NIGHTMARES FOR NAPTOWN: Bizarre Noir Album Release at 5th Quarter, Tonight!

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Tonight I finally get to see the Bizarre Noir traveling circus extravaganza up close and personal for the first time, and it’s been a long time coming. Long overdue, in fact, something I’m ashamed to say as a local writer who has long championed this adventurous band of sonic risk-takers.

As they set out to release their latest album Pop Songs For Ugly People, which is easily the most hotly anticipated album of the year thus far here in Indianapolis’ independent scene, I found myself today listening to their sophomore album, Bedtime Stories. This is an album with whiplash-inducing powers of genre-defying greatness, which makes it as difficult to describe to the uninitiated as it is necessary to.

I have not heard a stronger, more confident album from any band. And I don’t mean local.

From the moment they invade your ears on “Welcome,” with Chris Charles’ soothingly deceptive vocals (reminding me initially of Days of the New’s Travis Meeks) taunting us: “Welcome to ever-after, the rotting corpse, stiff cadavers line the halls to your tomb as all your sins cast a shadow!” you know these are going to be bedtime stories in the Grimm tradition.

Dark. Sinister. Bizarre Noir.

But sonically they keep us on our toes, as the music is definitely NOT always dark. To call Bizarre Noir merely genre-bending is to be almost insultingly daft. Numerous local critics have tried to describe their sound and fallen woefully short, so I won’t bother to coin my own, but I’ll quote Wayne Bertsch from this week’s edition of Barfly … he came closest, in this writer’s opinion:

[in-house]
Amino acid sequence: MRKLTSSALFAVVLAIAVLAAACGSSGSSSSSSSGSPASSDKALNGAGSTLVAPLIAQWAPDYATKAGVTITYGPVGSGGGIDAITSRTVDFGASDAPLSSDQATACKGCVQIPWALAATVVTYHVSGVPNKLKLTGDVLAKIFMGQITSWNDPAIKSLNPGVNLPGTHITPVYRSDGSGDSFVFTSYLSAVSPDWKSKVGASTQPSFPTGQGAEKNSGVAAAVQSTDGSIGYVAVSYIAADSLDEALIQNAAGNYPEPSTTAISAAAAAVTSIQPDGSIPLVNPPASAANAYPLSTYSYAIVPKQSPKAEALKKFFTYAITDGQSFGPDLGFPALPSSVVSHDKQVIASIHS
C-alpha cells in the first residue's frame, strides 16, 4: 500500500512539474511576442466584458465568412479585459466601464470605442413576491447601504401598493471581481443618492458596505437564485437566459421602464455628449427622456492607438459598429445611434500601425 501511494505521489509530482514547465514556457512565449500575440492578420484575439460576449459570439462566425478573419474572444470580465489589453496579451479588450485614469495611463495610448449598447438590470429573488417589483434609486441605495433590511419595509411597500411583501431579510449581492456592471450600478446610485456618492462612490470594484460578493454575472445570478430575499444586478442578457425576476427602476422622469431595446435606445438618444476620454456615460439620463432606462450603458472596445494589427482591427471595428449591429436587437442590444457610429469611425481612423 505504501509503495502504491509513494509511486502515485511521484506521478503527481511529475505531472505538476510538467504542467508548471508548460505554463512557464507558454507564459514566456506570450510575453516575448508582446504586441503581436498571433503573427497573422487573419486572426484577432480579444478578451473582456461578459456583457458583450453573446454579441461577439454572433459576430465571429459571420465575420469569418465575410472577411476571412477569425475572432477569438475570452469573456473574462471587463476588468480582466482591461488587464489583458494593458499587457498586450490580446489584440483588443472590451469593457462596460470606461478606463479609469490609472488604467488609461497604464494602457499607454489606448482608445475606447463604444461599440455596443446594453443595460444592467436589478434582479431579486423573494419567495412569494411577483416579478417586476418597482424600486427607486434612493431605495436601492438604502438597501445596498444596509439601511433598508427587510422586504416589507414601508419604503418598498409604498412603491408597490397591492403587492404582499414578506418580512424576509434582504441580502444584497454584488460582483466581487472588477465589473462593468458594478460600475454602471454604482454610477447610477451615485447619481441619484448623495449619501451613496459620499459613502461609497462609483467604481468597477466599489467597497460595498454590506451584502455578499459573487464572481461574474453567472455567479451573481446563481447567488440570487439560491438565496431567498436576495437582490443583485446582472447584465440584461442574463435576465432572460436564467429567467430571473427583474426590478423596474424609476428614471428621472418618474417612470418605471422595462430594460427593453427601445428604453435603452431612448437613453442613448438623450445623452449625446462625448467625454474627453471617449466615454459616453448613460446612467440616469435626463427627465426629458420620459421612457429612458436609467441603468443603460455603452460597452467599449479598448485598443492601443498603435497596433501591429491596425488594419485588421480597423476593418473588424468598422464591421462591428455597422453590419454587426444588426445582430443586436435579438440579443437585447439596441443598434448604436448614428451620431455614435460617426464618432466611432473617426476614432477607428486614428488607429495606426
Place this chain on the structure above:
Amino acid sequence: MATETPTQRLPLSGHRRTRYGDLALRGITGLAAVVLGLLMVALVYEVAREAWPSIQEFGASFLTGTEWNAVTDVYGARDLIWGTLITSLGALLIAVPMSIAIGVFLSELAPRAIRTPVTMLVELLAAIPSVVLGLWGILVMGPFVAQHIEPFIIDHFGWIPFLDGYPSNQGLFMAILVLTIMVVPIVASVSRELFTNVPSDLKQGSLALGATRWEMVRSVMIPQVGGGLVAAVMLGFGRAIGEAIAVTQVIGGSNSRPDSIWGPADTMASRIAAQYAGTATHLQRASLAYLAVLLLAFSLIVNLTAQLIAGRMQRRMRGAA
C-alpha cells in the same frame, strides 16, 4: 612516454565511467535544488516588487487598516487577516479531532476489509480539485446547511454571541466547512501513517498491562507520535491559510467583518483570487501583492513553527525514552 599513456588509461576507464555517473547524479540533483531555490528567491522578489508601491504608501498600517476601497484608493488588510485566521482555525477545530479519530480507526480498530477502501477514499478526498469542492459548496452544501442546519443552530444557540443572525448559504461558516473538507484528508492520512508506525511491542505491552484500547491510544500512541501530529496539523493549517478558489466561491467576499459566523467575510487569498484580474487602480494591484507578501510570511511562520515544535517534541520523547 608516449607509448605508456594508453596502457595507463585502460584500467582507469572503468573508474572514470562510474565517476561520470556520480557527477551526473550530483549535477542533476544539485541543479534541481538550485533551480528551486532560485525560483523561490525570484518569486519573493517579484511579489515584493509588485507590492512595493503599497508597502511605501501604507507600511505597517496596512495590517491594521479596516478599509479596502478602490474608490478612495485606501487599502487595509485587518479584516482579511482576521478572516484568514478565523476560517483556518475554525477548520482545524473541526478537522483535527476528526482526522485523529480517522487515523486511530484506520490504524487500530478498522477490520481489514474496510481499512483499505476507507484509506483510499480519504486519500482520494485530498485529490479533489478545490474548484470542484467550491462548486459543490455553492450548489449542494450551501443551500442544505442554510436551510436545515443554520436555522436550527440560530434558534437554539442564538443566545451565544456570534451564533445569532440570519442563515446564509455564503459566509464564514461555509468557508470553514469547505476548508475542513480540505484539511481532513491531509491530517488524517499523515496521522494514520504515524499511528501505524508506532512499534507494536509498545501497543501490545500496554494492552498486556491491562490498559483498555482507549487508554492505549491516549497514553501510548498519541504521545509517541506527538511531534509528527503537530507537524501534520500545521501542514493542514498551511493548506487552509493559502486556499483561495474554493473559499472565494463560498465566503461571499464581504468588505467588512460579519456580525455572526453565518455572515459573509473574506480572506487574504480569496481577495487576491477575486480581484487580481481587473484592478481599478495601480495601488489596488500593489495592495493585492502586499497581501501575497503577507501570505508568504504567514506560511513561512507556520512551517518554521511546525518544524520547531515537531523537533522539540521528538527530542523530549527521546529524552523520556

Picture a metal band that owes more to Klaus Nomi or Captain Beefheart than Anthrax,” Bertsch writes. “Now have Andy Warhol manage them high on ‘schrooms. Voila! Bizarre Noir!”

However you choose to describe the music, Bedtime Stories never lets up. “Wicked Black” picks up in intensity in a personal favorite, one of the heavier songs on the album that still manages to pack a melodic punch through almost surf-oriented guitar lines as Charles sings of “staring at God though the cracks of creation.”

“Loki” features thundering percussion and a brilliant bass breakdown that I always have to hit repeat to enjoy again. And the epic “Rise” features the band really stretching to show what they can do with a long build, something that hints strongly of what fans can expect with the album being released tonight.

But what they are not is a traditional rock band. Or a metal band, as they so often get pigeonholed by fans in Best of Nuvo competitions they so easily win year after year.

They are Bizarre Noir, and the music is only an entry-point to the madness.